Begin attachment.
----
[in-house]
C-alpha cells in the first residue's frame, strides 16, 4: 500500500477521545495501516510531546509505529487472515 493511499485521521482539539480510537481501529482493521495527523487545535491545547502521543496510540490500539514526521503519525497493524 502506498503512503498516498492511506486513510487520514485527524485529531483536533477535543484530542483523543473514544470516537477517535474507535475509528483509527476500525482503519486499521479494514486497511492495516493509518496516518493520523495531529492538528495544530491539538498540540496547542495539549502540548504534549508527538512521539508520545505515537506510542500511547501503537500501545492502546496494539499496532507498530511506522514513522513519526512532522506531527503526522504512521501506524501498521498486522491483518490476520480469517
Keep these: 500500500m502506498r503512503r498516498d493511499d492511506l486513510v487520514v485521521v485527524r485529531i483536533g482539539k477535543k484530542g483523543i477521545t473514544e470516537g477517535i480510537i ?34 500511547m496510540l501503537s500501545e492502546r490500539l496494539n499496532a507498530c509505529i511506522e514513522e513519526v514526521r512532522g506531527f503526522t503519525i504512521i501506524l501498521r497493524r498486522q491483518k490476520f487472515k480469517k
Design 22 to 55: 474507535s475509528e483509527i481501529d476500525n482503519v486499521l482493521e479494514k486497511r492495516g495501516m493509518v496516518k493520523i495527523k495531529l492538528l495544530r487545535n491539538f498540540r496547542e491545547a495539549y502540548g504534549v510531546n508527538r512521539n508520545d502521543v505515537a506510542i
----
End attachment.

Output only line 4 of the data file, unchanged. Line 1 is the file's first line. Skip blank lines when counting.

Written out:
Design 22 to 55: 474507535s475509528e483509527i481501529d476500525n482503519v486499521l482493521e479494514k486497511r492495516g495501516m493509518v496516518k493520523i495527523k495531529l492538528l495544530r487545535n491539538f498540540r496547542e491545547a495539549y502540548g504534549v510531546n508527538r512521539n508520545d502521543v505515537a506510542i